Punk always gave a big ol’ middle finger to the mainstream media so it’s no wonder that every flyer was a mishmash of cut-up clippings and text from existing media. Your punk rock friend at Kinko’s would make your photocopies a thousand times for you, free of charge. The master of this art form in the visual scene was Art Chantry, who made flyers for Nirvana, Mud Honey, and every other punk-grunge band of Seattle. In music terms, Girltalk’s work is totally punk. Mixing up things you’re not supposed to mix got pretty popular in design but it came out as Ironic-Williamsburg style. That’s not punk. If you’re going to do it, mean it.

Punk Lesson 8: If You Are a Designer, You Are Automatically Not Special
So the urban legend goes that a few friends just stole some band’s gear that they left outside. The friends took it home and sat on it for a while and then thought “we have all this music equipment, we should make some music”. The Sex Pistols was born. The point of punk was that ANYONE could play the songs, and it’s still true today. I can teach you how to play pop-punk Blink or GreenDay songs in one sitting. Just like punk, anyone can design. Design is accessible to anyone. Design can be done by anyone. Design IS done by everyone. So I never think I’m all that special being a designer.

Punk Lesson 9: Do not $ellout
Don’t do things for money. It keeps it authentic. Do take money if you think you deserve it.

Punk Lesson 10: Change Starts with the Consumer
By the time I got to Nissan, they’d already been talking about building an Electric Vehicle. Consumers wanted it and so the market responds. I had protested and faught against corporate designs that were oppressive like child labor by Nike in the 80′s and 90′s, or biodesigned foods. I never quite gauged how effective protests and consumer opinions were. So I thought I could make a bigger difference from the inside creating great designs that helps people and participates in the market-game. The truth is that both is important. You need people on the outside raising awareness and desiring good and ethical designs. Then you need the people inside to design it and convince the business-types “hey, the consumers really want this”. Business isn’t evil or good, it’s just devoid of ethics. Design and Research is where you can infuse the humanity. Companies sometimes try to slow down individuals or groups, but they can’t stop a movement. They’re smart, they always join the winning team.

I want designs to have the Punk attitude. It’s rare that I see a design that makes me grab my hair in utter confusion and ask “WTF!?” Designs, so good that it brings me to tears. I want designs like that. That emotion, the rawness of punk, is what’s missing in my designs, and am working to acheive.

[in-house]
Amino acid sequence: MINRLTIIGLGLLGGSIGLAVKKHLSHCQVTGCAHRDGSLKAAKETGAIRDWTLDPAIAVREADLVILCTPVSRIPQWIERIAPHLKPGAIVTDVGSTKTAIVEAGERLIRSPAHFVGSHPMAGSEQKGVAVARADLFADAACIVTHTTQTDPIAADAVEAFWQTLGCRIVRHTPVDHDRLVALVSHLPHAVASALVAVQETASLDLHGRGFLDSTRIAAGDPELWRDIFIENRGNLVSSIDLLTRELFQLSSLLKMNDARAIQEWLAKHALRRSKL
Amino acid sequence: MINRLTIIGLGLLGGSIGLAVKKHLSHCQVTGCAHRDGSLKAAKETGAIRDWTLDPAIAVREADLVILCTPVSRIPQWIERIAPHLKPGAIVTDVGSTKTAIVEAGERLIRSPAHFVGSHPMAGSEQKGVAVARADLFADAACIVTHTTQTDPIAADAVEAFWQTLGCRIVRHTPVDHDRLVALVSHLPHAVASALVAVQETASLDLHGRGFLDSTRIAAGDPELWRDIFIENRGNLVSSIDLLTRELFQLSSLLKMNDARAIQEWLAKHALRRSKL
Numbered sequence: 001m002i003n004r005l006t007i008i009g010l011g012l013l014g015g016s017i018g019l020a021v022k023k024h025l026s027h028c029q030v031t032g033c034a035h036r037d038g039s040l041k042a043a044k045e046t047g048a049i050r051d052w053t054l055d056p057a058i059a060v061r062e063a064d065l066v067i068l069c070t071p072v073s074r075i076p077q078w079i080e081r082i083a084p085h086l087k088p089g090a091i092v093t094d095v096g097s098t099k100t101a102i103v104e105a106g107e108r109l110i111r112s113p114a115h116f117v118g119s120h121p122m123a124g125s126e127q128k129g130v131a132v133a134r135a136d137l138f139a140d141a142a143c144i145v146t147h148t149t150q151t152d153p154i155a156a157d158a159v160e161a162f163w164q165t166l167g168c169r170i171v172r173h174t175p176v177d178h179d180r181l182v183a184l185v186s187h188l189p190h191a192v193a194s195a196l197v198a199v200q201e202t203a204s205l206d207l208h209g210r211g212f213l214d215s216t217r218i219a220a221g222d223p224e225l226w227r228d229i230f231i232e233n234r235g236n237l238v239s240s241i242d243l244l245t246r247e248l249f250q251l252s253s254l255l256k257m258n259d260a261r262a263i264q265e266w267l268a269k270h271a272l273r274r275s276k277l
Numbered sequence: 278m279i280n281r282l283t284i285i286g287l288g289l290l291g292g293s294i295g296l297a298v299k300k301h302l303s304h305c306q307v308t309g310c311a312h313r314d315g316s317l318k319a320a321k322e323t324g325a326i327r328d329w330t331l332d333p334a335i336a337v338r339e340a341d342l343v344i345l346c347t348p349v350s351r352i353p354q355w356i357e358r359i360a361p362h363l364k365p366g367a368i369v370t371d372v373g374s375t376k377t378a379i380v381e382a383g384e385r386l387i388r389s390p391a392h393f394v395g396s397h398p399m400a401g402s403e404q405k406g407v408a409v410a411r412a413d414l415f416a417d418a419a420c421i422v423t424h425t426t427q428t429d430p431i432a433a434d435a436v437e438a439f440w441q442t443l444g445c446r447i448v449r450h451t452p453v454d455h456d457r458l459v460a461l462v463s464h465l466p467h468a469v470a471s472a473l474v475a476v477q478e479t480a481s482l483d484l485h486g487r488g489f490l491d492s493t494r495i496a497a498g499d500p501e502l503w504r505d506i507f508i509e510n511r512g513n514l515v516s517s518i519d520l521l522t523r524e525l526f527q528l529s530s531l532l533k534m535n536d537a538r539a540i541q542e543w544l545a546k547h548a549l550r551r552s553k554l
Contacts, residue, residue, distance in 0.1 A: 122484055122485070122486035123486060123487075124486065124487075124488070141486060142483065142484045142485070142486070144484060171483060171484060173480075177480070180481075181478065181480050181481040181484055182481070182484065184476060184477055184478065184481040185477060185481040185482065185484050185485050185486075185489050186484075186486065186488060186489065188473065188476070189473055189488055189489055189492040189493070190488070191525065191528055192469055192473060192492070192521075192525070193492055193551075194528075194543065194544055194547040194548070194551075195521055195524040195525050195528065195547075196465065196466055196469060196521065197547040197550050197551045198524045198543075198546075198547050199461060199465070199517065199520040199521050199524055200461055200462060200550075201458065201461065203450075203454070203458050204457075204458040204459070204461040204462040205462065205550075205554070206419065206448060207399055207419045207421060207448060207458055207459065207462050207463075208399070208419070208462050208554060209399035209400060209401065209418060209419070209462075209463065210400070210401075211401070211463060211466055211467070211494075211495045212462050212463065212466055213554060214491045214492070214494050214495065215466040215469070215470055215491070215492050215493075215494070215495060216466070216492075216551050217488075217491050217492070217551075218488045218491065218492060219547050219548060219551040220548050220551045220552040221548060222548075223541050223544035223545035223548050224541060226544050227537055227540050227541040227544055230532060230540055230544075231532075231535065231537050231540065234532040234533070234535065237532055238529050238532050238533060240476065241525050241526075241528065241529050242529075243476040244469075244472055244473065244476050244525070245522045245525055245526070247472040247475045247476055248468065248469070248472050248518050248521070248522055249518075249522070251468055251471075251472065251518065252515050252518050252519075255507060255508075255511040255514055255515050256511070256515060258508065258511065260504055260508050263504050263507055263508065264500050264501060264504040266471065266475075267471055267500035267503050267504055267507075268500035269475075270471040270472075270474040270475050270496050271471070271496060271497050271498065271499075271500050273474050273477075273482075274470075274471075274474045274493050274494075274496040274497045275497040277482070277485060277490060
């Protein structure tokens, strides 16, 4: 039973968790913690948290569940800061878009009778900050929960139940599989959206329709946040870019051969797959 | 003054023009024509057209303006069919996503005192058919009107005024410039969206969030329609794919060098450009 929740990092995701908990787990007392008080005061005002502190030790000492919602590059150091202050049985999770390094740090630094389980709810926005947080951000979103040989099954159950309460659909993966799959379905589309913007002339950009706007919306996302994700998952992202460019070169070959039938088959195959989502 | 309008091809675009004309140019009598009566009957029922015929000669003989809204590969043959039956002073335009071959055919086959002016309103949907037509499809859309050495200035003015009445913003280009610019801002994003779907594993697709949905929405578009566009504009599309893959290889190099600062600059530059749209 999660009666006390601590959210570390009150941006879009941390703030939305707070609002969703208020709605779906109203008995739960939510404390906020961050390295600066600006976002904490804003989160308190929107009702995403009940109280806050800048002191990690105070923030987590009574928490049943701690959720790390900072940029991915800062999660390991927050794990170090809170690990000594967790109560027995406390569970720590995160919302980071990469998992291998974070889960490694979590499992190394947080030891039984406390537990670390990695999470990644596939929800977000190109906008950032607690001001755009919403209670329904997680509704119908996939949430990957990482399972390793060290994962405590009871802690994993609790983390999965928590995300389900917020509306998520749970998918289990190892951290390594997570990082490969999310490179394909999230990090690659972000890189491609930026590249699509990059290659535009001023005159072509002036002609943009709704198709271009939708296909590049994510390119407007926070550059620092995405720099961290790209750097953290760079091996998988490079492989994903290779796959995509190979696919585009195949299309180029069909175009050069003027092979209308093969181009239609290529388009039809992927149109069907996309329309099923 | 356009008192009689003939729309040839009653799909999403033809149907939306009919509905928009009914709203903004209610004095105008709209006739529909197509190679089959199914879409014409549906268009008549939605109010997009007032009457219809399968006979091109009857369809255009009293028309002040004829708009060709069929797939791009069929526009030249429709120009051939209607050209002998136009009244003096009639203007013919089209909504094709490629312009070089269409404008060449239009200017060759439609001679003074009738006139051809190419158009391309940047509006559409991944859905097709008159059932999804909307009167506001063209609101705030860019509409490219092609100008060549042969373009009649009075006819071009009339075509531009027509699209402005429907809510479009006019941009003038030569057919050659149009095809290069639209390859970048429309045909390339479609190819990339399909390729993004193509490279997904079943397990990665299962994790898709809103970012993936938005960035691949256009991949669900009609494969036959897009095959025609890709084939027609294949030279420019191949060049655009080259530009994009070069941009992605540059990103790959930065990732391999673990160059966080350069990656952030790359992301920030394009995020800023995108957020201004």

- Ko Nakatsu

Saturday, September 18, 2010

Linkin Park - A Thousand Suns

We were not making an album.

For months, we'd been destroying and rebuilding our band. The experiments that resulted filled the studio hard drive with diverse, abstract sounds. Amorphous echoes, cacophonous samples, and handmade staccato merged into wandering, elusive melody. Each track felt like a hallucination.

We didn't know if any of those unorthodox ideas could be incorporated into a traditional album, but we knew we didn't want our next album to be predictable. Sitting together in the same studio where we made our first album, all six of us voiced a commitment to going out on a limb, to making something truly daring. We asked ourselves: were we all earnestly willing, more than ever before, to abandon the precepts of commercial ambition in pursuit of what we believe to be honest art?

The inclination to begin writing conventional songs for a conventional album came and went. The temptation to adjust our creative vision to fulfill expectations beyond our studio walls yielded to the audacious ambition of what we hoped to achieve as a band. The two years of making 'A Thousand Suns' marked our exhilarating, surrealistic, and often challenging journey into the creative unknown.

On the eve of its completion, this body of work, assembled through unconscious inspiration and unmitigated exertion, has revealed to us notions both stirring and surprising. The album's personified imagery is neither dogma nor political premeditation. The emergent themes and metaphors illuminate a uniquely human story.

'A Thousand Suns' grapples with the personal cycle of pride, destruction, and regret. In life, like in dreams, this sequence is not always linear. And, sometimes, true remorse penetrates the devastating cycle. The hope, of course, springs from the notion that the possibility of change is born in our most harrowing moments.

Enjoy the music.

Linkin Park

Co-produced by Rick Rubin and Mike Shinoda.

Saturday, September 11, 2010

Friday, September 10, 2010